The Arctic is warming faster than any other place on Earth, and thanks to this, sea spray aerosols similar to what researchers see in California are being generated during the Arctic winter, according to a new University of Michigan study.
Summertime Arctic sea ice cover is the second lowest on record, according to the Arctic report card 2019, produced by the National Snow and Ice Data Center, continuing its rapid decline over the past several decades. That trend has continued into the fall, with ice in the Chukchi Sea northwest of Alaska at its lowest level on record, according to climate experts at the University of Alaska Fairbanks.
The thinning wintertime sea ice cracks, creating open water called "leads.” These leads can be over a half mile across, and U-M researchers have discovered they are the dominant source of aerosols in the coastal Alaskan Arctic during the winter. Their results are published in the journal American Chemical Society Central Science.
"We found that the sea spray aerosol was dominating atmospheric particulate matter population at a time when we didn’t expect it to be there,” said senior author Kerri Pratt, U-M assistant professor of chemistry. "The composition tracks what you would see in the midlatitudes, off the coast of California during an algal bloom.”
The researchers collected atmospheric particles at Utqia’vik, Alaska, an Arctic coastal site at the northernmost point in Alaska, during January and February 2014. Using computer-controlled scanning electron microscopy, the researchers examined thousands of tiny particles individually, determining each particle’s shape and elemental composition.
Then, through collaboration with Andrew Ault, the Dow Corning Assistant Professor of Chemistry, the researchers used Raman microspectroscopy, which determines organic composition based on how molecules vibrate when excited by a laser. With this method, they were able to match the organic composition of the sea spray aerosol particles to marine compounds produced by sea ice algae and bacteria.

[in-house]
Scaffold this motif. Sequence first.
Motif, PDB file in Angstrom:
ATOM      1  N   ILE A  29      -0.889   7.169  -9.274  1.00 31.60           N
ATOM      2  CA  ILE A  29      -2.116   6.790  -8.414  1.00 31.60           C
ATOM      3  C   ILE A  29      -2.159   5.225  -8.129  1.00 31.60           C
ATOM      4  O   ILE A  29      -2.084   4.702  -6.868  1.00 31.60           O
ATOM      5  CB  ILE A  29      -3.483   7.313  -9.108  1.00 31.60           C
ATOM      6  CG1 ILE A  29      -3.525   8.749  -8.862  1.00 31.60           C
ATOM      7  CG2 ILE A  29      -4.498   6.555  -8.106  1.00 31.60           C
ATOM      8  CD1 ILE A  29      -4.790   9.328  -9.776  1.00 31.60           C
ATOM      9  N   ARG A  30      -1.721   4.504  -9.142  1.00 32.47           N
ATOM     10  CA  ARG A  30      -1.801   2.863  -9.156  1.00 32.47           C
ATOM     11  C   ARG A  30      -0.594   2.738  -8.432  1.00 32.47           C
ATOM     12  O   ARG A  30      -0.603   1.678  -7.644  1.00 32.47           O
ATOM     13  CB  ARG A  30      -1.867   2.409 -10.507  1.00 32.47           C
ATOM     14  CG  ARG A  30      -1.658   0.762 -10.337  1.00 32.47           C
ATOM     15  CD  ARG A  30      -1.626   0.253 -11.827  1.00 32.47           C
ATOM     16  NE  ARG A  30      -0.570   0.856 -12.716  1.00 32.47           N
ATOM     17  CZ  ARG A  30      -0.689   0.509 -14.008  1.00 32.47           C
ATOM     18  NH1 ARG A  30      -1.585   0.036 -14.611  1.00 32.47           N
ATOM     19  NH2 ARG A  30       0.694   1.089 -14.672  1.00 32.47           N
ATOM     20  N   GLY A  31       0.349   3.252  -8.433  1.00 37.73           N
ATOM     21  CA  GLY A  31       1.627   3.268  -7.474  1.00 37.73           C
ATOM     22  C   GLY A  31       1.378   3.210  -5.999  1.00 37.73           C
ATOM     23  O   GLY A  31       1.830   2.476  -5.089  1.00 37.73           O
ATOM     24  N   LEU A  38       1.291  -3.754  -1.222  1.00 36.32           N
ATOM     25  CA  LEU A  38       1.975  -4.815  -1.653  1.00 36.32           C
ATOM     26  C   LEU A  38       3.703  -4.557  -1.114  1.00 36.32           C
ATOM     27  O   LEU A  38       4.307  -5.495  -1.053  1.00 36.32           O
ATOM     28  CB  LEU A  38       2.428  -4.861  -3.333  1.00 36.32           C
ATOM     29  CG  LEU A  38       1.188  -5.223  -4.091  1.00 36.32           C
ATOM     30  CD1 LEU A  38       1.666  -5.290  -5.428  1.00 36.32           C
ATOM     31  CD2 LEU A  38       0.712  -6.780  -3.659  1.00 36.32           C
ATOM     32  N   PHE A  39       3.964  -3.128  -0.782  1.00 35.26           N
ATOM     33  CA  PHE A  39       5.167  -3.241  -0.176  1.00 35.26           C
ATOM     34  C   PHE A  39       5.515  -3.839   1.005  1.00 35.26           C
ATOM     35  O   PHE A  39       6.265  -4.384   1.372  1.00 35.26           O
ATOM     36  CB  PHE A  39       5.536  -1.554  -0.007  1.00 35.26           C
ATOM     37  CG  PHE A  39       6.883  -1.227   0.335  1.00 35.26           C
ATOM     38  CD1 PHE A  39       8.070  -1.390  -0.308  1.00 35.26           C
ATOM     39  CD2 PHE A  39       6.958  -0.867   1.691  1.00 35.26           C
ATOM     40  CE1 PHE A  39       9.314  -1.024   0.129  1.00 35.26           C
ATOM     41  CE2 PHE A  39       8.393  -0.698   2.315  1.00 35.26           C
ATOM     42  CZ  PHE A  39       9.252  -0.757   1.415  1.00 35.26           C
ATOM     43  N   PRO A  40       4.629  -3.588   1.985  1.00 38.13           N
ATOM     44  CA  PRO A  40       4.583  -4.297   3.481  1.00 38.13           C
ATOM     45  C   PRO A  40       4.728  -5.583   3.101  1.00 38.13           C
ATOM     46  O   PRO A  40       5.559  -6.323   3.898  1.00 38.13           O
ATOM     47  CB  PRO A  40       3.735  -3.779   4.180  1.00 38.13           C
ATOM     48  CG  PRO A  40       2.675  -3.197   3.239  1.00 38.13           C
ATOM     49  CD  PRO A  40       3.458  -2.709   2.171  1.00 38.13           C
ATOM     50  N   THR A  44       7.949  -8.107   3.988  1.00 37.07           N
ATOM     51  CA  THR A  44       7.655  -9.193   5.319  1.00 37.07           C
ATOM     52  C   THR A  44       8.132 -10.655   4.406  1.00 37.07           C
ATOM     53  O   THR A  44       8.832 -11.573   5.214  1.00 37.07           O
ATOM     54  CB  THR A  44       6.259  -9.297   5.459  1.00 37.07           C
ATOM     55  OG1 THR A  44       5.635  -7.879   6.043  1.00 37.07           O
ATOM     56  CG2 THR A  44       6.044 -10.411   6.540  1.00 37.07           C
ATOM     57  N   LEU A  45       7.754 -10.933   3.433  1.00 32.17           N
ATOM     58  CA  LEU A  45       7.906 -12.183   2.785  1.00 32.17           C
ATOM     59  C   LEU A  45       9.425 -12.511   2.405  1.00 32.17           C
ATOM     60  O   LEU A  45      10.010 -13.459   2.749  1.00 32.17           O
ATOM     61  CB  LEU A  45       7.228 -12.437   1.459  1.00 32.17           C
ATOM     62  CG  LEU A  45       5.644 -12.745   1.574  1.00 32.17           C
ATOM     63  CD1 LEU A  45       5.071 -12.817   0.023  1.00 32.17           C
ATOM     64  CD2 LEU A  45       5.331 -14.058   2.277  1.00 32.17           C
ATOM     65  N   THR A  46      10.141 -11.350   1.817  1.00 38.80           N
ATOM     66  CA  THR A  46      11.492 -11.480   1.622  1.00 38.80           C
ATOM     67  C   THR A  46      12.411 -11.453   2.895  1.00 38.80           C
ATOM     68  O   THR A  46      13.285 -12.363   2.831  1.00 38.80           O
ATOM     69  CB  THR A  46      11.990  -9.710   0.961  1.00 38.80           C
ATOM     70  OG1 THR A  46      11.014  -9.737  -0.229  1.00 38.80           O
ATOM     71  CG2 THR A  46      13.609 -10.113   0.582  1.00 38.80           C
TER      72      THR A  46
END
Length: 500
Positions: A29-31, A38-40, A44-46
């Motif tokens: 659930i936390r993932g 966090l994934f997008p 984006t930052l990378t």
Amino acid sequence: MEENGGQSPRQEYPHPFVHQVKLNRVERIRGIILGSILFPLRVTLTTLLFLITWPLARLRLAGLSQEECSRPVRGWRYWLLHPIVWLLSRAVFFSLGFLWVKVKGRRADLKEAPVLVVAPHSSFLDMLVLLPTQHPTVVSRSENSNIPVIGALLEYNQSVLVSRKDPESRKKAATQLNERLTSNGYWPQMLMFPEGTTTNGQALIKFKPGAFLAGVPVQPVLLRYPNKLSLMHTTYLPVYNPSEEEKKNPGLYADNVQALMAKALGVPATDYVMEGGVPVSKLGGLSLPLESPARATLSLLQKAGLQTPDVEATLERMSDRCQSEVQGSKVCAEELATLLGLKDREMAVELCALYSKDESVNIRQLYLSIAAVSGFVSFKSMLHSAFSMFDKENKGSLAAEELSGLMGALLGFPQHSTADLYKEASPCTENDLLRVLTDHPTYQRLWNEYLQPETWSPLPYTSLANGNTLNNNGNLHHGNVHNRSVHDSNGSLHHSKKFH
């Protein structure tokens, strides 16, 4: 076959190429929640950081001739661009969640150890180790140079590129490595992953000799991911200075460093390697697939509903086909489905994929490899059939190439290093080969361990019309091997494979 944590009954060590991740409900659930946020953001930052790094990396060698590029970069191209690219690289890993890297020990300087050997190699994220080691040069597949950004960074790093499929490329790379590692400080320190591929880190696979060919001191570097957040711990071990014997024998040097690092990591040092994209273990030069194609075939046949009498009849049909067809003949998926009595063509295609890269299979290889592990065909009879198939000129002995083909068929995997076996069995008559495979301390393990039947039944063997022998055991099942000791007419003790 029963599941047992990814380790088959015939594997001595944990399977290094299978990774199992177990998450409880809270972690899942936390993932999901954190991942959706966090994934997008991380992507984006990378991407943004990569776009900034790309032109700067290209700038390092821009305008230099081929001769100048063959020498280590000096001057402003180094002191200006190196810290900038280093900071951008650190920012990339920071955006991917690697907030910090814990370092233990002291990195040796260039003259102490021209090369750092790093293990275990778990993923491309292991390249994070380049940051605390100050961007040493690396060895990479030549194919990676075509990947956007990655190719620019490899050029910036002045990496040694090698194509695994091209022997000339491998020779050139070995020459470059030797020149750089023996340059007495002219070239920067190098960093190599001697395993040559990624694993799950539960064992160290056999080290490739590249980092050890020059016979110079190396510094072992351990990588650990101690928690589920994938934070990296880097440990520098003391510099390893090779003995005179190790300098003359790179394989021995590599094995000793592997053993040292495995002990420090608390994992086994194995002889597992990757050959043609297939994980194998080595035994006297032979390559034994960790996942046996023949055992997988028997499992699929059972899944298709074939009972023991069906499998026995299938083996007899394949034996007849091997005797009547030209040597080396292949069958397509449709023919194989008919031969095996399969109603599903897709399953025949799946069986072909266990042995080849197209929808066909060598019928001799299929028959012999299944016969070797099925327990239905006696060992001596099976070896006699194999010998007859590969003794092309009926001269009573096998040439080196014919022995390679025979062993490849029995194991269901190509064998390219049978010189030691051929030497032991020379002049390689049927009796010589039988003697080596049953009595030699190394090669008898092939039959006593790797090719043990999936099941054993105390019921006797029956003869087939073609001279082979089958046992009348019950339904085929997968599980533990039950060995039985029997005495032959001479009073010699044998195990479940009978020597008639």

"Not only do we expect increasing sea spray aerosol emissions with more leads and greater open water area occurring during the winter, but in this study we also observed a unique chemical composition in the wintertime aerosols,” said lead author and recent doctoral graduate Rachel Kirpes. "There have been very few studies of aerosol composition in the Arctic winter, and this information is needed to better understand wintertime climate impacts like aerosol influence on cloud formation.”
Examining each particle in this way told the researchers that these aerosols were different from aerosols collected in the summer. The researchers found that the winter-collected particles had a thick organic coating composed of "exopolymeric substances”--substances that sea ice algae and bacteria produce that protect them from freezing. Samples collected in September, when the sea ice is now hundreds of miles away, did not have this kind of coating.
"The sea ice bacteria and algae are producing these cryoprotectant polymers so they don’t freeze. When air bubbles burst at the seawater surface, these exopolymeric substances coat the sea salt particles produced,” said Pratt, also an assistant professor of earth and environmental sciences.
Fingerprinting the aerosols also showed the researchers that the population of sea ice algae and bacteria is different in the summer versus the winter, Pratt said. More open water during the winter in the Arctic means the microbiology of those ocean waters is changing.
"Now, you’re opening up areas of water that weren’t open before. More sea spray aerosol is being produced, and it’s impacted by the changing microbiology,” Pratt said. "This impacts the atmosphere: these particles can then form cloud droplets, which impacts surface temperature and precipitation. You get a whole cycle where you’re connecting climate change, open water, and microbiology to the changing atmosphere.”